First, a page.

Finally, tickets-of-leave, notwithstanding the philandering philanthropists and the deputation to Sir George Grey, should be retained, but used more sparingly. When a man is evidently a reformed person, then he should be set free under certain surveillance. If he can earn his living, and under a changed name build up a good reputation, then, in the name of all that is good, let society not bind him, but rejoice that he shall turn from his wickedness and live. There are many thousands of ticket-of-leave men in our midst; and of these, thousands are now honest, reformed men, working away with the best of their companions. It would be gross cruelty to rescind the favour which has been shown to them, even if we had one hundred proved cases of garrotting, which we have not. Lastly, to reduce crime, society must make up its mind to reward and honour honesty and virtuous poverty much more than it does. At present it often seems that, on the surface at least, vice has the best of it, and that it is pleasant and gay to be vicious; a sad and utterly revolutionary state of things, and contrary to the inspired assertions that Vice lays hold of hell, and dwells in misery, while Virtue's ways are ways of pleasantness, and “all her paths are peace.”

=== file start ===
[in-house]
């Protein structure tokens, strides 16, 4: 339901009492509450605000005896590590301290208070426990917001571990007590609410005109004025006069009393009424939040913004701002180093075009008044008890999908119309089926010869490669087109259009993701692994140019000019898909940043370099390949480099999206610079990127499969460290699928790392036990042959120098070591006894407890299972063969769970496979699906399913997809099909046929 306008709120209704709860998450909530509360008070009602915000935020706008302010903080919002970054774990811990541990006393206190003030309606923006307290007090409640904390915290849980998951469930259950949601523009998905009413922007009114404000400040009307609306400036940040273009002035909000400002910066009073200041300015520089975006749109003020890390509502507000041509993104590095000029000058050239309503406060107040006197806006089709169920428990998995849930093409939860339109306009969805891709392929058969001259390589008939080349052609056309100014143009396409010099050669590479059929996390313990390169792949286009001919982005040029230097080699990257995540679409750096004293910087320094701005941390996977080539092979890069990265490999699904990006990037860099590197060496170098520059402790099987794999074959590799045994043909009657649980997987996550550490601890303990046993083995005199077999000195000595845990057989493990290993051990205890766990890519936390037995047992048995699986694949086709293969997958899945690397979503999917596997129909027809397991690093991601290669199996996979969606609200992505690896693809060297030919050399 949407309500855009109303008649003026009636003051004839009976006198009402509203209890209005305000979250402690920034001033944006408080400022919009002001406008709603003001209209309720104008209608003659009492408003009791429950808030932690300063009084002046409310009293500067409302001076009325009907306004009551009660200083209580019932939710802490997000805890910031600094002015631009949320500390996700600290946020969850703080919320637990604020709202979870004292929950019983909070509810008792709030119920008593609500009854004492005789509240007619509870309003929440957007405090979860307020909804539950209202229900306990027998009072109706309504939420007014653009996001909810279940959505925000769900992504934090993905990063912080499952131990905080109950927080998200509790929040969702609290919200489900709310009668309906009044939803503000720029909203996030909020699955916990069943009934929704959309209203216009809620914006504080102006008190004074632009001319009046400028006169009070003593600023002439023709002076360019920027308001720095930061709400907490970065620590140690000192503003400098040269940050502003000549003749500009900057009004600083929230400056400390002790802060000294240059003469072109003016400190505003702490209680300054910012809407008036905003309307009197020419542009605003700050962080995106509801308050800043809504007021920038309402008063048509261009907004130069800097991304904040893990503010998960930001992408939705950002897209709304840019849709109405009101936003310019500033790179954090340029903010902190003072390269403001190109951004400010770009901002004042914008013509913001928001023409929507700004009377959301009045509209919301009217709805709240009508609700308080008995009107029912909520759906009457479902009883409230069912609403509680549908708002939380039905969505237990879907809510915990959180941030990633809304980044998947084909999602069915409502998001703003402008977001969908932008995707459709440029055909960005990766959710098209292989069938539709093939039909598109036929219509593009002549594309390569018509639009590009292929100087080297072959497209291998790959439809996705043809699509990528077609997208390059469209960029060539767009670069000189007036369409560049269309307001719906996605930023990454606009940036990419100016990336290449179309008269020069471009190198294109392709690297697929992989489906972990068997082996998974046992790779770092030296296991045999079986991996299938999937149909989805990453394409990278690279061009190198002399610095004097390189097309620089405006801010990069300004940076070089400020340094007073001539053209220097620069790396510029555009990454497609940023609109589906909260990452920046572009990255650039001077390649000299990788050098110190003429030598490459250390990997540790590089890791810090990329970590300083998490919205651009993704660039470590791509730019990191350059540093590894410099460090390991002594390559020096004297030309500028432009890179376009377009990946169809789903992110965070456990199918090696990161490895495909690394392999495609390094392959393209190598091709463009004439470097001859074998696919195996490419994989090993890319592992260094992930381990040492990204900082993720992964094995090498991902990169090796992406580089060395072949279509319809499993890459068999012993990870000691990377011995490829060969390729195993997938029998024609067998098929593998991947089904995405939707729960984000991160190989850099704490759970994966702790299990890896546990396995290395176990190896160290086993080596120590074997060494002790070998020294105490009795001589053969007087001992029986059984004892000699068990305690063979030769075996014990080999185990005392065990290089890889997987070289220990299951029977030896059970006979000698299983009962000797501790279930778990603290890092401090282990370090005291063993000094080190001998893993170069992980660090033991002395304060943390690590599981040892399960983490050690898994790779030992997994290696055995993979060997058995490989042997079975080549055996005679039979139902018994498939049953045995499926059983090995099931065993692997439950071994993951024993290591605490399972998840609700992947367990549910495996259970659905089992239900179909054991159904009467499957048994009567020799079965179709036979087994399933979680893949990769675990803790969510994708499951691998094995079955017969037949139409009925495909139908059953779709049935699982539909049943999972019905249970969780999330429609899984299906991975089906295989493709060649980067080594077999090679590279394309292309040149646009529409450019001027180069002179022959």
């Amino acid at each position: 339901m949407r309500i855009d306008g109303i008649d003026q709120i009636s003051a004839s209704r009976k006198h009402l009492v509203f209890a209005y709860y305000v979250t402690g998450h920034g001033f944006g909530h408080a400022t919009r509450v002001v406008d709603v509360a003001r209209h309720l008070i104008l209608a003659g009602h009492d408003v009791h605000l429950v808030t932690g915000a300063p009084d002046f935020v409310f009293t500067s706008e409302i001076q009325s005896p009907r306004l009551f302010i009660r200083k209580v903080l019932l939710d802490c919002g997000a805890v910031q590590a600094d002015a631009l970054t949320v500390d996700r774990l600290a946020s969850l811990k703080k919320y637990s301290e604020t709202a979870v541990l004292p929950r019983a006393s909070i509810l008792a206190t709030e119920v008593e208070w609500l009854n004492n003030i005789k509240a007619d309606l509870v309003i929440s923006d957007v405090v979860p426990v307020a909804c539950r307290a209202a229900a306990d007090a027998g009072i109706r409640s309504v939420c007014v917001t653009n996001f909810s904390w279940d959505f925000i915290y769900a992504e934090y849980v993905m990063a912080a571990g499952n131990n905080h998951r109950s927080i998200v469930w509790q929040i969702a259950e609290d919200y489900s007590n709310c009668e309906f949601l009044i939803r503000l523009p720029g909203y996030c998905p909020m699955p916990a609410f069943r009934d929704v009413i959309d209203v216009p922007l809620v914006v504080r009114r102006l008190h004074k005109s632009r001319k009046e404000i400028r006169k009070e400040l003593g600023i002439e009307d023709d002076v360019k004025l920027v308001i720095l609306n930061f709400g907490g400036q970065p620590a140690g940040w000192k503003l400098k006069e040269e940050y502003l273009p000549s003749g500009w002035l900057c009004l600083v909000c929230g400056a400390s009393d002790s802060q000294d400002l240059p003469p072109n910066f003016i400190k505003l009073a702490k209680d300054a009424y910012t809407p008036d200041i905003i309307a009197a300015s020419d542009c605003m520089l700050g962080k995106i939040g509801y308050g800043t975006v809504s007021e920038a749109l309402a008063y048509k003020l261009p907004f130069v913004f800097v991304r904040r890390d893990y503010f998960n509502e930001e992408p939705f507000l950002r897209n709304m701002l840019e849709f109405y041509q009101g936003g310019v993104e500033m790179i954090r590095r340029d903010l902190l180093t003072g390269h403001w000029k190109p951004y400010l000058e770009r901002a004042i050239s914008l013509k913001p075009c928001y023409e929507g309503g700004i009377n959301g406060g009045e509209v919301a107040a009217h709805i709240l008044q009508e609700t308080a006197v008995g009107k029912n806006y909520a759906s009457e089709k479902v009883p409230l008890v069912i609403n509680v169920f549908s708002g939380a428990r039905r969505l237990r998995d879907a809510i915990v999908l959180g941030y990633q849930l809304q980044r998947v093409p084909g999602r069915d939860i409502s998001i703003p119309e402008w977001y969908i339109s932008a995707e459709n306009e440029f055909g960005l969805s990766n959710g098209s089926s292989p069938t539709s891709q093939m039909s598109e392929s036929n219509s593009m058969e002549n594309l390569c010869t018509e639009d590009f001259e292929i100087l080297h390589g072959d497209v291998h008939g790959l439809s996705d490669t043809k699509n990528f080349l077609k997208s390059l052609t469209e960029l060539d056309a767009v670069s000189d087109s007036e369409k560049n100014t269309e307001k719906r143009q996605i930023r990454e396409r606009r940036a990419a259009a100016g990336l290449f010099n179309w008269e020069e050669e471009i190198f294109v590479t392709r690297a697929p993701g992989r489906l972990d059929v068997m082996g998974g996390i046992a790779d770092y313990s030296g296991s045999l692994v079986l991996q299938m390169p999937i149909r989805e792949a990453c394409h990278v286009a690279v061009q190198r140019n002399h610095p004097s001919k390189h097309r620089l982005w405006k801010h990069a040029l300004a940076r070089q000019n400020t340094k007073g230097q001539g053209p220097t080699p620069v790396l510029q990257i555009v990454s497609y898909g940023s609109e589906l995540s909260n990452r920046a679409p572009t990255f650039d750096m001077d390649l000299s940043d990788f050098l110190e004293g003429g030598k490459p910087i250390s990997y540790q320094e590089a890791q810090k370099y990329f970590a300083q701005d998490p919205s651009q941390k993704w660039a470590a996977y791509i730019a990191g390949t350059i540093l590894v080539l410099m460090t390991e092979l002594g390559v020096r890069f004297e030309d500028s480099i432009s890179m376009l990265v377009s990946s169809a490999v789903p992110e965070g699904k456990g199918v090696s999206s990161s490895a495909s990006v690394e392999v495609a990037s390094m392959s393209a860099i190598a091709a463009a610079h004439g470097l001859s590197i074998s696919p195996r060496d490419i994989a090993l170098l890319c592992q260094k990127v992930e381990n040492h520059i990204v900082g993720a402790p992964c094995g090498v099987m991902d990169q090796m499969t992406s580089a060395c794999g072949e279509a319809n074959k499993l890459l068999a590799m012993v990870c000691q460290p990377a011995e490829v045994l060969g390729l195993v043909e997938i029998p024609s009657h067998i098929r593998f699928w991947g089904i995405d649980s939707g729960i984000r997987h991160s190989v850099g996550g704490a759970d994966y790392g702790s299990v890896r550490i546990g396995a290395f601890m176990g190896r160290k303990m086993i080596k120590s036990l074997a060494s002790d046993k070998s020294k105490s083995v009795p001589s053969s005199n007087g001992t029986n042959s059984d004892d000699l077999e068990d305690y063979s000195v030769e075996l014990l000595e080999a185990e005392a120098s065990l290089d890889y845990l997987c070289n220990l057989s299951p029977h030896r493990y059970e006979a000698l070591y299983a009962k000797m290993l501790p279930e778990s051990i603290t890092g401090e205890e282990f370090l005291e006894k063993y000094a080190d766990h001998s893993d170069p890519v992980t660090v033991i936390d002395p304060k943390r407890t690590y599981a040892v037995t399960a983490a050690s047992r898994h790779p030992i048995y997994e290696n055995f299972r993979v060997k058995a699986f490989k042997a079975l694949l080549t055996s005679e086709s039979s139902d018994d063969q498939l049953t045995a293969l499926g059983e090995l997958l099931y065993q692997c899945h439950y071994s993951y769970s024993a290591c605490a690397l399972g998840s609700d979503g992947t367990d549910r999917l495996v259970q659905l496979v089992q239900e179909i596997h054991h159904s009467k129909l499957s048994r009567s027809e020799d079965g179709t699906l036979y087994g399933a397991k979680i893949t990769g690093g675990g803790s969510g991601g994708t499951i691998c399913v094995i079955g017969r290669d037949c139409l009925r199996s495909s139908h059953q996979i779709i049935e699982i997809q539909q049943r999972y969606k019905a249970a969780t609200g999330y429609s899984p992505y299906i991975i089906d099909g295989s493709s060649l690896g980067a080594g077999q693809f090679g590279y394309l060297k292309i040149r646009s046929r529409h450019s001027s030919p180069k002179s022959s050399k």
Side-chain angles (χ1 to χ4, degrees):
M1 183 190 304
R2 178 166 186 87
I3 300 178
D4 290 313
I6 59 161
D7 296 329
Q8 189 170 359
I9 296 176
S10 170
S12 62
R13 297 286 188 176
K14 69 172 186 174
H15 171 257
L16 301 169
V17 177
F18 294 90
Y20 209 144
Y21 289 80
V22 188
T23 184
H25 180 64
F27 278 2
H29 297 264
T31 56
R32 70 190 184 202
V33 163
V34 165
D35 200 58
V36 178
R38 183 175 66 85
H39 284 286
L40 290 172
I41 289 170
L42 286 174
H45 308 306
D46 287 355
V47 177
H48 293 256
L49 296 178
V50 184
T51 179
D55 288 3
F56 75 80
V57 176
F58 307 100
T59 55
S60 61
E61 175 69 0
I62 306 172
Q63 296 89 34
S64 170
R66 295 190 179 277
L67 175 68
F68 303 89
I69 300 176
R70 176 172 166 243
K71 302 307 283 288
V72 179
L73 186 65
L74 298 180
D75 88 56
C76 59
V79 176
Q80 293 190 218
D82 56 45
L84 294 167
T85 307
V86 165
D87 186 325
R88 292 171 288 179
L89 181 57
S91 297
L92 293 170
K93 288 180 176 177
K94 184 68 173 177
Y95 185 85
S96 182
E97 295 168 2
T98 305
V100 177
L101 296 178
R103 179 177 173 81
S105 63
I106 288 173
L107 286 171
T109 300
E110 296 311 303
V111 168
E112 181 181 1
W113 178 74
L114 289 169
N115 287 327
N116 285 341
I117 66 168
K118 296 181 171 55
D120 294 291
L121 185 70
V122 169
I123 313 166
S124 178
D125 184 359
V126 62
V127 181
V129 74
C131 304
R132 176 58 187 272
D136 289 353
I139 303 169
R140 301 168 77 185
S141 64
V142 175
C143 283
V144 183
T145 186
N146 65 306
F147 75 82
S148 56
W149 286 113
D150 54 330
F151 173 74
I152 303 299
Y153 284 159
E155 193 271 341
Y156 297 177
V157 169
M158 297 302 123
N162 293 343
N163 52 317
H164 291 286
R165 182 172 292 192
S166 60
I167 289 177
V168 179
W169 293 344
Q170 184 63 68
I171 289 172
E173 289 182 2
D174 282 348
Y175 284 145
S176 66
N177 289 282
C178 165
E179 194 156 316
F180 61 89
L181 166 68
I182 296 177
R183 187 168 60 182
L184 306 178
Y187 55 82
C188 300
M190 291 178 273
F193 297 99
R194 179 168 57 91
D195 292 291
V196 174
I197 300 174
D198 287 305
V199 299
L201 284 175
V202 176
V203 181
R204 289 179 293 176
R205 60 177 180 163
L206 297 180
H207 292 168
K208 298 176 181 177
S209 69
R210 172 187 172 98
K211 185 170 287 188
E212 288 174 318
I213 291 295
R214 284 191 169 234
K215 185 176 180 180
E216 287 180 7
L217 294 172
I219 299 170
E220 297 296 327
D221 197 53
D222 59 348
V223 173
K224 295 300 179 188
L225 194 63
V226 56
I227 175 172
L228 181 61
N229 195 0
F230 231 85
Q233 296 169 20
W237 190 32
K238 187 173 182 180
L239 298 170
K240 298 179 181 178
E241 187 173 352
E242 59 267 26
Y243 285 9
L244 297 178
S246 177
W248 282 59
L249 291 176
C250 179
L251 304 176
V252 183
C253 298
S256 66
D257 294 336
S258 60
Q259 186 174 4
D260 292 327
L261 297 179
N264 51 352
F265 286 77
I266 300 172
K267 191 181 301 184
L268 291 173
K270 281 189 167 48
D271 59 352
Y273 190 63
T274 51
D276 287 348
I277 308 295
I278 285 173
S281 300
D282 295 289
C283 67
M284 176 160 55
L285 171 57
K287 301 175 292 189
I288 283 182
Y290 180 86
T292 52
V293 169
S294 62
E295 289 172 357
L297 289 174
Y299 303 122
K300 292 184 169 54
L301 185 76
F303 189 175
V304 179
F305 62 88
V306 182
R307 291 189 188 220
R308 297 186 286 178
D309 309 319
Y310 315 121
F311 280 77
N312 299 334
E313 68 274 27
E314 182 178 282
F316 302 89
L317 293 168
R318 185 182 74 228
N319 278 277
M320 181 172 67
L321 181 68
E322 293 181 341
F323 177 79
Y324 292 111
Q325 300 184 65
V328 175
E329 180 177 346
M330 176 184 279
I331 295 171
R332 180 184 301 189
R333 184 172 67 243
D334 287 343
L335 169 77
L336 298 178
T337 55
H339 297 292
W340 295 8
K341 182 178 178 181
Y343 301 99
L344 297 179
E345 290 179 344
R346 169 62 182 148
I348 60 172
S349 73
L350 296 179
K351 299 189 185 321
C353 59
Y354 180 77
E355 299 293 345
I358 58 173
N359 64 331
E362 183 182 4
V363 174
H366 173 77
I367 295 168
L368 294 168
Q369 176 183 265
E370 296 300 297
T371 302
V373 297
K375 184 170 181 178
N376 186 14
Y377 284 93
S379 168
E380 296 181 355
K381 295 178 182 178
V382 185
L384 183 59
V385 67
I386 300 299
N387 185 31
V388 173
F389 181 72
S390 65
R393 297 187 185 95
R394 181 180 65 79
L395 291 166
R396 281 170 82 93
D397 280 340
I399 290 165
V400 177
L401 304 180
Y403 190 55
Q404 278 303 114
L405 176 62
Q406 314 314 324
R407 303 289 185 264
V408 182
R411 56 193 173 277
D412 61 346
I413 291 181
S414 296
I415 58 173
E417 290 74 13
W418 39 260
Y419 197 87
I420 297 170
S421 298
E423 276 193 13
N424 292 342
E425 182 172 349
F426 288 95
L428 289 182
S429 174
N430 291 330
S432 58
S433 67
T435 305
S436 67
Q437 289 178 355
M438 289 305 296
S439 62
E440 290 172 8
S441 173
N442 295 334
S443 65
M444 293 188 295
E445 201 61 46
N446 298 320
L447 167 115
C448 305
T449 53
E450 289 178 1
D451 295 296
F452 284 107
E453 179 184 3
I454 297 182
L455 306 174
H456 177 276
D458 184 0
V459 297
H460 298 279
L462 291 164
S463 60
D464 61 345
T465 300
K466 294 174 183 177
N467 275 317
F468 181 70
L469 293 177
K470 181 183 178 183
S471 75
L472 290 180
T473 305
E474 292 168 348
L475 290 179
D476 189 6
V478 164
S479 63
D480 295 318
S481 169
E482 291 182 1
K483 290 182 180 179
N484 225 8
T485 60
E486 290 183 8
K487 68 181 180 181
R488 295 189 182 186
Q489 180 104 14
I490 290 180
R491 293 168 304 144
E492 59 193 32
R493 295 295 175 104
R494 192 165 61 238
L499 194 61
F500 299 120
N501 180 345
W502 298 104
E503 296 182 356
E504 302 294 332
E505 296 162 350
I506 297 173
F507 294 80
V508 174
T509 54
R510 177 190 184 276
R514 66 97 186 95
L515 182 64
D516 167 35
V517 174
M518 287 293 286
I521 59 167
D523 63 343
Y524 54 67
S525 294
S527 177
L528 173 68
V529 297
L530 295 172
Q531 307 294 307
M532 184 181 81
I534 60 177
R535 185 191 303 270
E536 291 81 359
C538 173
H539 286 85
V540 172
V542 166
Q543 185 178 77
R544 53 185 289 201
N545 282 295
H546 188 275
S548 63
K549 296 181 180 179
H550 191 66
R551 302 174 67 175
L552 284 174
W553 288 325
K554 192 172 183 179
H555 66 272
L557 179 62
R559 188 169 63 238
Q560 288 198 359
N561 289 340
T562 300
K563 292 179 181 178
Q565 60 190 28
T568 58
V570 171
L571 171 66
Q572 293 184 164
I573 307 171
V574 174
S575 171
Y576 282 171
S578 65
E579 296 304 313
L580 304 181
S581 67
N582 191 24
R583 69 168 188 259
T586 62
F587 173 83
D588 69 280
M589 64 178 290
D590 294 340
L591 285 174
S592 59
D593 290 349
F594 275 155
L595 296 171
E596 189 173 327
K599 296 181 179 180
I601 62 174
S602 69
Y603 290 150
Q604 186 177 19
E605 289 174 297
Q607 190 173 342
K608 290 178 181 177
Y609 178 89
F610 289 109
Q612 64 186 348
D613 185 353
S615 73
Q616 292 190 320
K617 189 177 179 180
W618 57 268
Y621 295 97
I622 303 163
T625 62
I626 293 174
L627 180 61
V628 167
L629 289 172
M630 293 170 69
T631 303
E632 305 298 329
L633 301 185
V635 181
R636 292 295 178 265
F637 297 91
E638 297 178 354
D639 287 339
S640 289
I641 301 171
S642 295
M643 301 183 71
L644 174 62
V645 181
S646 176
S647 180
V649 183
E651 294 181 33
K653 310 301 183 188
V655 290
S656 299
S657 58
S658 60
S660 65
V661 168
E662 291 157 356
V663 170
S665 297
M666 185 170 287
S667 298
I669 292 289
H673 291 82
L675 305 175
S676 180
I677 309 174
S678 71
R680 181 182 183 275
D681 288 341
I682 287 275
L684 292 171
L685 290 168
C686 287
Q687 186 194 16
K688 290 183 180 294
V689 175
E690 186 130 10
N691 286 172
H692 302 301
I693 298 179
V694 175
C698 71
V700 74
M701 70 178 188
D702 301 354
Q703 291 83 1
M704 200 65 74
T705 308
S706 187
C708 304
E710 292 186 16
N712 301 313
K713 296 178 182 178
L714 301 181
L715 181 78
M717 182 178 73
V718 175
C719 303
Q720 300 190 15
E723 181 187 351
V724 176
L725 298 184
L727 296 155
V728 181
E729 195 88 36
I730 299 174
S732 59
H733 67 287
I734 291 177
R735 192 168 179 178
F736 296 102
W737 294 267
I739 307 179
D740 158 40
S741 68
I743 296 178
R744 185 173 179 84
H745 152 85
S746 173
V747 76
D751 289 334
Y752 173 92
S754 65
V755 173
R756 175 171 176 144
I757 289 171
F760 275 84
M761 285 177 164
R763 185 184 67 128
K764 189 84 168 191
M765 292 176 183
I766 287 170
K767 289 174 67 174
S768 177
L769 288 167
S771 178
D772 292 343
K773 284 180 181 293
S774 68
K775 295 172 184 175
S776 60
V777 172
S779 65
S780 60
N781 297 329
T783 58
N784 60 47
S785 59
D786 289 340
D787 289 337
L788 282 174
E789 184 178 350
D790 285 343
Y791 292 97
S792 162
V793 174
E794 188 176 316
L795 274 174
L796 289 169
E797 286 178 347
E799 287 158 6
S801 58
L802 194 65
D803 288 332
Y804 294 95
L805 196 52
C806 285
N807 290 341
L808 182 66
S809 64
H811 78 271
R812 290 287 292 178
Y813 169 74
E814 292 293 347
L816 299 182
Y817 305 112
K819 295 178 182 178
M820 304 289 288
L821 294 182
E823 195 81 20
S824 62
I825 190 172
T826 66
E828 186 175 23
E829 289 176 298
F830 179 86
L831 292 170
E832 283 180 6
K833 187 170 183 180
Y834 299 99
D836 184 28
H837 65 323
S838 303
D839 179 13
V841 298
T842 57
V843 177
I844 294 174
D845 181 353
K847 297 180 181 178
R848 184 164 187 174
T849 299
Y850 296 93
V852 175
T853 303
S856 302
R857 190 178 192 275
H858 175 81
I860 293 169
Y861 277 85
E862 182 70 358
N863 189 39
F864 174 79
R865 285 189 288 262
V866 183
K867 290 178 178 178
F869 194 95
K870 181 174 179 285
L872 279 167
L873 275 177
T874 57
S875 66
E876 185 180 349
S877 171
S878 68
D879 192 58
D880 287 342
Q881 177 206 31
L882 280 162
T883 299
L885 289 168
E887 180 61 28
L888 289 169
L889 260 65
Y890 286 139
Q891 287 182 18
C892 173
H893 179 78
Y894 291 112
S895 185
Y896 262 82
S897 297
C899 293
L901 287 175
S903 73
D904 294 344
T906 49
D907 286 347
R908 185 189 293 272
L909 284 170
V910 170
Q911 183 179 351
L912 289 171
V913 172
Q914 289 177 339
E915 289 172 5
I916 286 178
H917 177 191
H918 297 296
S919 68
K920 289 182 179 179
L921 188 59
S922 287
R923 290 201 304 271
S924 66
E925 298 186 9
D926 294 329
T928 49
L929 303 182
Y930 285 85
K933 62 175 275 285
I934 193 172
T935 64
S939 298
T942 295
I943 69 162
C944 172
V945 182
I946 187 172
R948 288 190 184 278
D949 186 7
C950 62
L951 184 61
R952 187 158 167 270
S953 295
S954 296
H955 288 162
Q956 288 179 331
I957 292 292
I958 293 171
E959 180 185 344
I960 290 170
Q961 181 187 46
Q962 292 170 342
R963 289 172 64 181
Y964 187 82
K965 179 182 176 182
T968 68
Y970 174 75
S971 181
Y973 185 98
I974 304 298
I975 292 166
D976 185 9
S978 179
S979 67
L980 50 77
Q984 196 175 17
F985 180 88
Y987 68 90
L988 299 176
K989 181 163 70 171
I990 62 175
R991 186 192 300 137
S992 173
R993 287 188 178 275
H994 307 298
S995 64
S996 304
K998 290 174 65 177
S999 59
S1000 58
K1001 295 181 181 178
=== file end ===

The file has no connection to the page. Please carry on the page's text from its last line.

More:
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ISS NIGHTINGALE, whose opinion upon subjects which she has rendered known is always to be mentioned with the highest respect, complains